Tuesday, December 18, 2007


Football watching in my household has reached its highest point. I don't mean the games or the teams (that would be the 2006 Rose Bowl, of course), I mean the watching itself.

Sure, when you combine a big plasma teevee with a high definition NFL game streamed via Verizon FIOS Digital Broadband Super-Deluxe IPHDTVNET, you've got a great football watching experience. But add a DVR and adept use of the remote control, and you can refine the thing to an essence of pure teevee football gold.

Here's what you do:

1. Set the game to record.

2. Go do some other stuff, get a bite to eat, head to home depot, surf some political commentary (or porn, whatever), just kill time in whatever way suits you.

3. About an hour and a half after kickoff, sit down on the couch and hit play.

4. Fast forward through 10 minutes worth of useless intro commentary (or, in the case of a Sunday night NBC game or a Monday night ESPN game, 20 minutes worth of useless intro commentary, plus a stupid montage, plus a crappy cover of a crappy pop song, reworked with crappy self referential football-teevee-watching lyrics, performed by a crappy washed up pseudo-celeb).

5. Watch the opening kickoff, with index finger smartly placed on the "30 second skip" button.

6. Immediately after the runback of the kickoff, and each play thereafter throughout the game, press down on the "30 second skip" button and you will instantly be transported through a lot of extraneous crap, and the next thing you will see is the offense trotting up to the line of scrimmage to run the next play.

You can watch an entire NFL game in about 45 minutes using this method. Of course, games you are really interested in, you won't want to hit the skip button after every play. Sometimes the announcers have some decent commentary, and you'll want to watch the slow motion replays of the exciting plays. Also, if the game is nearing the end of a half, the team on offense may go into hurry up, in which case you can either judiciously use the skip button only after plays that stop the clock (out of bounds plays, incomplete passes, time outs, penalties, etc), or you can first hit the 10 second replay button and then immediately hit the 30 second skip button, which usually works out exactly right during a hurry up offense.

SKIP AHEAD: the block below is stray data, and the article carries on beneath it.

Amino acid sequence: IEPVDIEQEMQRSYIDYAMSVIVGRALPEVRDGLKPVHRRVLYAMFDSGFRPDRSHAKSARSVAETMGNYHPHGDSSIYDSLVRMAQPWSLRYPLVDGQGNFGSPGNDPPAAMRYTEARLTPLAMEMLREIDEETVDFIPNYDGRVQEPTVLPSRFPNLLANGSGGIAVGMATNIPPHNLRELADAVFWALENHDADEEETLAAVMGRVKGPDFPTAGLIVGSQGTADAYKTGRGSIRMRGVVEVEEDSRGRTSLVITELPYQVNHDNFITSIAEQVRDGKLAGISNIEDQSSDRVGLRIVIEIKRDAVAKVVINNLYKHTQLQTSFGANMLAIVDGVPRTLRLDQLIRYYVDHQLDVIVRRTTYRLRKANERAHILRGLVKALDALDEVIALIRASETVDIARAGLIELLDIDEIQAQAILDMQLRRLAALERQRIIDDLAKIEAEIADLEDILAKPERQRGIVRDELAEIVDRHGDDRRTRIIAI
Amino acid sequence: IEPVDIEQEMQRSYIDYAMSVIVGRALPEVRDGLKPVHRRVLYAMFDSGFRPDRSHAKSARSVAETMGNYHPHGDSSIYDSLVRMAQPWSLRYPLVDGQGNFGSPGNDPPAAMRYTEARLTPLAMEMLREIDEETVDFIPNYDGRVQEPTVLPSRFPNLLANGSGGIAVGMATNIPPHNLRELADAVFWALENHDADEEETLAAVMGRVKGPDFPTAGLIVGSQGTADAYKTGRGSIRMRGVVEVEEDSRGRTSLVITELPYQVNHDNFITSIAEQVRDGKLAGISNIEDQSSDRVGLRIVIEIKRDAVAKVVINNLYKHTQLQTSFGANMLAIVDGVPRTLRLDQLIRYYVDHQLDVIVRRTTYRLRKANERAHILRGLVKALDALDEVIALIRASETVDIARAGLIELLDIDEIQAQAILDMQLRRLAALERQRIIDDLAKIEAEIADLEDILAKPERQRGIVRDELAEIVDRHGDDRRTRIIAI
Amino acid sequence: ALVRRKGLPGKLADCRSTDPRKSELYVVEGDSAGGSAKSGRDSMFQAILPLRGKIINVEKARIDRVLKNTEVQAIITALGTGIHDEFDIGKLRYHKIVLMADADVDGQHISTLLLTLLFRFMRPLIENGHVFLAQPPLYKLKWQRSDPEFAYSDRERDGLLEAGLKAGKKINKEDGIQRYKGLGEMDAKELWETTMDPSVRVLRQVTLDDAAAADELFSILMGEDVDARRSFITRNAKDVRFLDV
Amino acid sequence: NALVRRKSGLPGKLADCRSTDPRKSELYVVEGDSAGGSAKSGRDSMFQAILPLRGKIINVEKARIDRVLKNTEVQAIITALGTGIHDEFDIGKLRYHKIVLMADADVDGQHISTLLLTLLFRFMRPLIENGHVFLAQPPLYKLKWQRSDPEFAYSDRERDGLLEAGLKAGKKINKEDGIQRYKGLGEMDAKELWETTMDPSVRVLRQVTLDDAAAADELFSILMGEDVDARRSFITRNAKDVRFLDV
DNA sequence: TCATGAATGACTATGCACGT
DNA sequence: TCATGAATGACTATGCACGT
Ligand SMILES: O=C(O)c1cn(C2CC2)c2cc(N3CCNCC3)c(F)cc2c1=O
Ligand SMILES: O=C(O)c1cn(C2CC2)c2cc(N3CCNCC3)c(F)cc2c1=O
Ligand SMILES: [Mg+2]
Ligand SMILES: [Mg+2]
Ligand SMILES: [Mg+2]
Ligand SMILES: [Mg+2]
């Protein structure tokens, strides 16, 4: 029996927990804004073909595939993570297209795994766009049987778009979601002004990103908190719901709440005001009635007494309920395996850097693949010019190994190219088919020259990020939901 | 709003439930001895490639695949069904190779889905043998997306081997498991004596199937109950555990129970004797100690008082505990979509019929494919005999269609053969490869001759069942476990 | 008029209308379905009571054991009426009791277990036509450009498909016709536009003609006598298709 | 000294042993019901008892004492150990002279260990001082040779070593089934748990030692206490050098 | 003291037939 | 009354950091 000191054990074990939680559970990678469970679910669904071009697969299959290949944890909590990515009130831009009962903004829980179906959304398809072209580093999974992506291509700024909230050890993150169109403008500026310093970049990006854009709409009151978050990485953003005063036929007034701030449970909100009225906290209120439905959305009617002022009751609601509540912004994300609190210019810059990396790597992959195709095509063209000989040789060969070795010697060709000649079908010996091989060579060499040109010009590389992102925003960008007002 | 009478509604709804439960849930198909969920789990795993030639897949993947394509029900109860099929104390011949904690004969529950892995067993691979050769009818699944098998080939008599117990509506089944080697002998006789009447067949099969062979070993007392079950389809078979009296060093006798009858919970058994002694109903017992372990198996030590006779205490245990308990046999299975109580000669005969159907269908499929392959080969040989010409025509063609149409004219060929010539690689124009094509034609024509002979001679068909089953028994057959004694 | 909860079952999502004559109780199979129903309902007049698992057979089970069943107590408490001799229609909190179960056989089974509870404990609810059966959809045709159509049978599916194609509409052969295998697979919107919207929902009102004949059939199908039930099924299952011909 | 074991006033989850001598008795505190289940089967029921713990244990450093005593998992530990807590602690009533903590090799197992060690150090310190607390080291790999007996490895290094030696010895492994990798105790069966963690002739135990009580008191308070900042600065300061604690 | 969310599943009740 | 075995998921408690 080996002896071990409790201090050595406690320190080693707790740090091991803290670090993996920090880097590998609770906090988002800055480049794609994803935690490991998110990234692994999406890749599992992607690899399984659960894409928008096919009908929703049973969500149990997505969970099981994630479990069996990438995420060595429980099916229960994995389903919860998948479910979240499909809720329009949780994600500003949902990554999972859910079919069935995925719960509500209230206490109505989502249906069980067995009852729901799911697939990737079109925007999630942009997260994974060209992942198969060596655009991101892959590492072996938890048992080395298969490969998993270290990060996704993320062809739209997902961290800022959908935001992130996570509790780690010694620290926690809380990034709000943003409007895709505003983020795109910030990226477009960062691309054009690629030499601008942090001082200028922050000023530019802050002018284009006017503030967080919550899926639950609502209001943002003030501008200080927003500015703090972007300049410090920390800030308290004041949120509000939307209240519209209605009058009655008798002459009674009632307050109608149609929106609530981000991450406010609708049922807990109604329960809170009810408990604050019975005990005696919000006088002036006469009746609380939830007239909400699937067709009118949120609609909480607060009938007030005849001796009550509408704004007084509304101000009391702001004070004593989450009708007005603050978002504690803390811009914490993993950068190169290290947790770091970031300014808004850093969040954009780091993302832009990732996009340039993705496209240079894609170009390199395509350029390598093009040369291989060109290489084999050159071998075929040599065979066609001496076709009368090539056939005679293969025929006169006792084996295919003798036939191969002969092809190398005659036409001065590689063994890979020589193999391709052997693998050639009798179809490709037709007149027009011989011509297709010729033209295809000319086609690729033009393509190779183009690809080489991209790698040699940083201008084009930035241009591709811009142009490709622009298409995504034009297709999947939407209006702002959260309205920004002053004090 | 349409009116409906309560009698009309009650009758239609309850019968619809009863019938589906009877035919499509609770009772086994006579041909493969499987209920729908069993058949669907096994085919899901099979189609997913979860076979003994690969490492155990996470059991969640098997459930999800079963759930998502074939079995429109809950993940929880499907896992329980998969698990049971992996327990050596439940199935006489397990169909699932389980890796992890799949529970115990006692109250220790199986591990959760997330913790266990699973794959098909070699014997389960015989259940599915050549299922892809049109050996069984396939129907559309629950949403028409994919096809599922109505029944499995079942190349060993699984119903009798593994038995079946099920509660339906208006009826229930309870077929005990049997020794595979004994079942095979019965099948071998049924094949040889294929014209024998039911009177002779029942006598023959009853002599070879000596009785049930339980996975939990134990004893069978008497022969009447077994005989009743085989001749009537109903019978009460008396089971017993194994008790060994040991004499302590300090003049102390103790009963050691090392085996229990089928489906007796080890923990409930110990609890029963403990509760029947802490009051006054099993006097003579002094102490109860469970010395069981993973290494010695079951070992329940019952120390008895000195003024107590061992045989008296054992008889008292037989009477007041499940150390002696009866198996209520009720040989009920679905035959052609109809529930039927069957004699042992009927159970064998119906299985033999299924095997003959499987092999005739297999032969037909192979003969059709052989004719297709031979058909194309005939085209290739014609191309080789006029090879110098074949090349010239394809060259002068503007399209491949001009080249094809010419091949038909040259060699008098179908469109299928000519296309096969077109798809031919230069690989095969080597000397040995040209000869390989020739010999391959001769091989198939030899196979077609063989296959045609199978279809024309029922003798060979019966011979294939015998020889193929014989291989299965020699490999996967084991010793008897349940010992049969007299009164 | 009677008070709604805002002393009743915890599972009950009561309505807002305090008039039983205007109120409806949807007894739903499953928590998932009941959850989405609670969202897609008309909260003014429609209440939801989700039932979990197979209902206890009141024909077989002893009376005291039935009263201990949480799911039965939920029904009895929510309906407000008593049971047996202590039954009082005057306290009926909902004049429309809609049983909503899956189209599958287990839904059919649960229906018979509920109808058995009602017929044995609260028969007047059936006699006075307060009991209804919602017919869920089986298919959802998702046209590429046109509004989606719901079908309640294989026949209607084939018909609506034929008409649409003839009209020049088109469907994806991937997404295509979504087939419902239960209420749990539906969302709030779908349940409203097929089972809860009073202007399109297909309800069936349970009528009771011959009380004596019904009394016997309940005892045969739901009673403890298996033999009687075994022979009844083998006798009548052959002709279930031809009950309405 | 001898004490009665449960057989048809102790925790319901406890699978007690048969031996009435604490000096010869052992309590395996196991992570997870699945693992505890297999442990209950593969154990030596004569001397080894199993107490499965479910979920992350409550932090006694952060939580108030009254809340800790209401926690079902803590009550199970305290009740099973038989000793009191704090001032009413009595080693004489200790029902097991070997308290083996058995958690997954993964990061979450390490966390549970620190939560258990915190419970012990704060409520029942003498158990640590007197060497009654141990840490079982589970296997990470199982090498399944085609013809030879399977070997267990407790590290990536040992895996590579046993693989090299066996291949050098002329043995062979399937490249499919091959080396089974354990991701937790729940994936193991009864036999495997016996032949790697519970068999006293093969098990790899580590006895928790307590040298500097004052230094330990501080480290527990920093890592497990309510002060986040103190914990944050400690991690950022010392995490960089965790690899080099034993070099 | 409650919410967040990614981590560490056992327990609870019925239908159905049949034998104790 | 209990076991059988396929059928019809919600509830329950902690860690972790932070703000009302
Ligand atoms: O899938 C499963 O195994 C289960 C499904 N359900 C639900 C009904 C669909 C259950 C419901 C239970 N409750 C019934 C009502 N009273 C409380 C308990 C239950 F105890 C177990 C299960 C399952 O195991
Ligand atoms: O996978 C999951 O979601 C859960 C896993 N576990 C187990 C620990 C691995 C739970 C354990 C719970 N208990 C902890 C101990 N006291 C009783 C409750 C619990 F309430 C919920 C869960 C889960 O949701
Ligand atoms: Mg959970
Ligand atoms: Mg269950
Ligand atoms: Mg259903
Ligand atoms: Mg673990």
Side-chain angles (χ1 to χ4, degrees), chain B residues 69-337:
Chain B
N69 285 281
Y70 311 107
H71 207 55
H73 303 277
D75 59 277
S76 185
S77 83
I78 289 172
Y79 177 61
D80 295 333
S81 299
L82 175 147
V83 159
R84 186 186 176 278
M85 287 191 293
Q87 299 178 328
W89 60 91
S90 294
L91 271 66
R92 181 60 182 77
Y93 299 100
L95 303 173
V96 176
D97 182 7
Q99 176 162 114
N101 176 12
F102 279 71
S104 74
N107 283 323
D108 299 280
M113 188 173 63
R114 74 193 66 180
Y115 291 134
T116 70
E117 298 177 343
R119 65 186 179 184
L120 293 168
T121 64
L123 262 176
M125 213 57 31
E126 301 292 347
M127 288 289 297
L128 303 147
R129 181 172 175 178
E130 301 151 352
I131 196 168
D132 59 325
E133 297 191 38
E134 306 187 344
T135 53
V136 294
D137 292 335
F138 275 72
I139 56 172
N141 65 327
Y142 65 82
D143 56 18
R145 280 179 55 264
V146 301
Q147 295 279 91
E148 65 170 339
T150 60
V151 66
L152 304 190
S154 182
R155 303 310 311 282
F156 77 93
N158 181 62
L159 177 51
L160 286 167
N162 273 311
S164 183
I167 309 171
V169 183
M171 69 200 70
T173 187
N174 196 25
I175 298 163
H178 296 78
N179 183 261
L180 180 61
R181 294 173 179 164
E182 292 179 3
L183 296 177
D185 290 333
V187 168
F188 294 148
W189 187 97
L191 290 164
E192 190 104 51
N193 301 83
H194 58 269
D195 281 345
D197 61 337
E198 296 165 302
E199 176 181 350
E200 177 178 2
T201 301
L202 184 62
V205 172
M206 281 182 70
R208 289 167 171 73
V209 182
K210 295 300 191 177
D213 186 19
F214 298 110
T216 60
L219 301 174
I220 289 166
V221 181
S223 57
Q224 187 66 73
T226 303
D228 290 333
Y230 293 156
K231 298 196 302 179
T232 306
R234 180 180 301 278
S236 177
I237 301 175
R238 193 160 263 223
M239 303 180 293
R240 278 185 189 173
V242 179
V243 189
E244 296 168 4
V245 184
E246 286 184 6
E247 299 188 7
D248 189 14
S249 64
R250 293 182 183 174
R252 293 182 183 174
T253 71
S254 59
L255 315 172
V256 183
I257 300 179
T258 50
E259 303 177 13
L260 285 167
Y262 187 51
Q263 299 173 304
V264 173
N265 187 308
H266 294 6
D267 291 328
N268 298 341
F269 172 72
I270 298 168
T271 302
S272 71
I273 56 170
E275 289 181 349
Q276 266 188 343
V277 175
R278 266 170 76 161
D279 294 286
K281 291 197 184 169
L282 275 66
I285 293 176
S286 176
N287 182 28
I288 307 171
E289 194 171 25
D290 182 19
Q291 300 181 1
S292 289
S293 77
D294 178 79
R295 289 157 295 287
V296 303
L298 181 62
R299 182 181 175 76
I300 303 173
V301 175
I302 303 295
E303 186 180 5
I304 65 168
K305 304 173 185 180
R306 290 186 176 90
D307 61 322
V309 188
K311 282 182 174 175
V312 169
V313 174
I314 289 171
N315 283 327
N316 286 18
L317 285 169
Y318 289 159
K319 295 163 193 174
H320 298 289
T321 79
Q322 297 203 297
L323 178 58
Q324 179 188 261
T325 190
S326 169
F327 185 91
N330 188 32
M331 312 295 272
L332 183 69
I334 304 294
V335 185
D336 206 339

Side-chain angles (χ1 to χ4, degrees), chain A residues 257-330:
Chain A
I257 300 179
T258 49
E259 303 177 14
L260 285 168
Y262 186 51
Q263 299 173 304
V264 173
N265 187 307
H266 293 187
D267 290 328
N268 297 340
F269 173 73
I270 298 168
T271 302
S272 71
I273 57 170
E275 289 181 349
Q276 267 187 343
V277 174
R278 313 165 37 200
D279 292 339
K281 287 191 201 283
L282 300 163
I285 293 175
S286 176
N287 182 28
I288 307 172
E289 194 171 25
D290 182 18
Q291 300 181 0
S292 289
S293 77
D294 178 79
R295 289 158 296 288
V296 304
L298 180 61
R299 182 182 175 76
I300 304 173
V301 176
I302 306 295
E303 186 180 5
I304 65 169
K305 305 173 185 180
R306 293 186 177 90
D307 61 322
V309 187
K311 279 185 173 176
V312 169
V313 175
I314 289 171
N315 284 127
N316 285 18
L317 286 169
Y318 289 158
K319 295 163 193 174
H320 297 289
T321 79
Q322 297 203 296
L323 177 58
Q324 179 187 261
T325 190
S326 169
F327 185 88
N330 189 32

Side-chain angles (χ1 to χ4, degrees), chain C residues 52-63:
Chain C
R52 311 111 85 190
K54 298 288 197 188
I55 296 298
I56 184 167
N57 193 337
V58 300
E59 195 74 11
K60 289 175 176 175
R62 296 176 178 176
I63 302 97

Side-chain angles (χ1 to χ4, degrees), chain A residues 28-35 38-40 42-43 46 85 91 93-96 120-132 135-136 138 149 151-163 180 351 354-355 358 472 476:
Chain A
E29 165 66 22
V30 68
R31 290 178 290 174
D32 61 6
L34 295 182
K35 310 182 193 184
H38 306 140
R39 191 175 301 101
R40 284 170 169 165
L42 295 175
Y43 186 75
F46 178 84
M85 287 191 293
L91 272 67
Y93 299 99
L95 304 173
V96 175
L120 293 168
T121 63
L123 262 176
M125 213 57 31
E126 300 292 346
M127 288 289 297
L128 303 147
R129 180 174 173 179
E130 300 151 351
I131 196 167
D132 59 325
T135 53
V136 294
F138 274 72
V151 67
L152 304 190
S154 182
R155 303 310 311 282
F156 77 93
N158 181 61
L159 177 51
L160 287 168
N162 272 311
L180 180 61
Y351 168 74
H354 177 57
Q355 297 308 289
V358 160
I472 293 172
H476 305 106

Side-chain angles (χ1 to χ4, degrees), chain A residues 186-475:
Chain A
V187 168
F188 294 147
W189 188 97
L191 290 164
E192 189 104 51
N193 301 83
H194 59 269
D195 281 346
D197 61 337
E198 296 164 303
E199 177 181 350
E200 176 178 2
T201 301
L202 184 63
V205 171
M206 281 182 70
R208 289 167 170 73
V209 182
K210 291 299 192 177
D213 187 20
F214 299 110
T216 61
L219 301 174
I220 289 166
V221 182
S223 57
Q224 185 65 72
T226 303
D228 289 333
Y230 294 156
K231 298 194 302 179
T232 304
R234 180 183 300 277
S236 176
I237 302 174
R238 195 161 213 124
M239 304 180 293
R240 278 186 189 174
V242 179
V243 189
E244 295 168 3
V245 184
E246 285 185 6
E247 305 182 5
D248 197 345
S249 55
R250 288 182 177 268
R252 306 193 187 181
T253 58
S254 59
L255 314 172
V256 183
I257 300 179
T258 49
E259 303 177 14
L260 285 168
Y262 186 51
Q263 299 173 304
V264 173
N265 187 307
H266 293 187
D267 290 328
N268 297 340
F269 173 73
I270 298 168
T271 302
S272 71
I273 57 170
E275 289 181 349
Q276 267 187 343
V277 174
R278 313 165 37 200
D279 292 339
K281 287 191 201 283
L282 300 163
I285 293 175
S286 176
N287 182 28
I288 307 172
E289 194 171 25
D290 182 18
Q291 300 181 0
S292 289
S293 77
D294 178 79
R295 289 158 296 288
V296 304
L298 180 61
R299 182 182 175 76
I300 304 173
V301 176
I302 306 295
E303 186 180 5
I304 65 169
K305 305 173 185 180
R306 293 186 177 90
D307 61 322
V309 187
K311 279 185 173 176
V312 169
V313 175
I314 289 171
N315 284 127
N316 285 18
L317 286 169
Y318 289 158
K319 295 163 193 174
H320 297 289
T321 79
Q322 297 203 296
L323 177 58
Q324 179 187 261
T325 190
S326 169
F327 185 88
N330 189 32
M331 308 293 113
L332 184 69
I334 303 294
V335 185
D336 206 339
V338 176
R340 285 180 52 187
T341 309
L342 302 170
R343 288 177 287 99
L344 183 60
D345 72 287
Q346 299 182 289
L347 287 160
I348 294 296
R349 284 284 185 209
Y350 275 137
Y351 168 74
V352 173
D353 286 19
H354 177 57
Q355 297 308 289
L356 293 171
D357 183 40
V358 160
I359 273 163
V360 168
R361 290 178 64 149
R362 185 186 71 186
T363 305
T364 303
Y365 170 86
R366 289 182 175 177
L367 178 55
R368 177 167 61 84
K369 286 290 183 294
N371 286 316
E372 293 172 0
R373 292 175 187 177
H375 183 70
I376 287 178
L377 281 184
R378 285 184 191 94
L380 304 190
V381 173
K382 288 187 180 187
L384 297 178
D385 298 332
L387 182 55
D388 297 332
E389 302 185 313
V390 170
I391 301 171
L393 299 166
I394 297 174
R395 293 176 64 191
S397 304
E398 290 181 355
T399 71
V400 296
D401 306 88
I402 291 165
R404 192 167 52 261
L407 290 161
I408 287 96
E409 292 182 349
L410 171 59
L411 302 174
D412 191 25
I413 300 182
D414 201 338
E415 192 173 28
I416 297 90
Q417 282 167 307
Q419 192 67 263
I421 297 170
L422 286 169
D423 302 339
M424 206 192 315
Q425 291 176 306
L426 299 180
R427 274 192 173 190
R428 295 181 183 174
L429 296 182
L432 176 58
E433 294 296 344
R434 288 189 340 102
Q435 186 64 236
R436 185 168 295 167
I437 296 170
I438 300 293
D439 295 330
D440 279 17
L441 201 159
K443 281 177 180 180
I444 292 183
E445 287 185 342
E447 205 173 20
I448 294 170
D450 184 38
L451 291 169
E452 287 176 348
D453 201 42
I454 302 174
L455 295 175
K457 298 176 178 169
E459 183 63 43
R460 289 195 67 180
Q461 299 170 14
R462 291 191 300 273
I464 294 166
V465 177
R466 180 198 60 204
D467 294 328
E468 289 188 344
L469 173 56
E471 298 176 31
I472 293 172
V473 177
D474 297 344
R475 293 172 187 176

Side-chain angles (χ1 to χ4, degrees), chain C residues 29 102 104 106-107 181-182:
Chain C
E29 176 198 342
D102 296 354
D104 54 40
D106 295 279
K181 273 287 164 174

Missing all the commercials is great. Even better is missing all the dead time on the field during replay challenges, injuries, referee conferences, extra point tries, and -- the best thing of all to miss -- the times when the announcers throw it down to the old, used up, man-voiced sideline chick for some balky, ill-informed, often uncomfortable non-commentary.

But also you get to skip one of the things that infuriates to no end a person with an HD television watching a high definition NFL stream via their Verizon FIOS Digital Broadband Super-Deluxe IPHDTVNET: the halftime highlights which, though they are being transmitted in ultra-clear, 16x9 high definition to a state-of-the-art television monitor, are, for some idiotic reason, intentionally being pixilated, over-saturated, blurred, and/or overlaid with some obnoxious dot pattern so that they look worse than if you were watching them on a 13 inch black and white with rabbit ears. WHY? The first several times I witnessed this phenomenon this season, I thought my head would asplode. My inarticulate screams startled the neighbors.

But now I just skip past the entire halftime show, sometimes mouthing a near-inaudible "Fuck you Chris Berman, and your crappy over-saturated pixilated blurry highlights." And back to the second half of the game, all 20 minutes of it.

1 comment:

Gleemonex said...

Beautiful! This is (minus the HD, which I don't have yet) exactly how I've managed to watch one or two baseball games a day all season long for the last several years.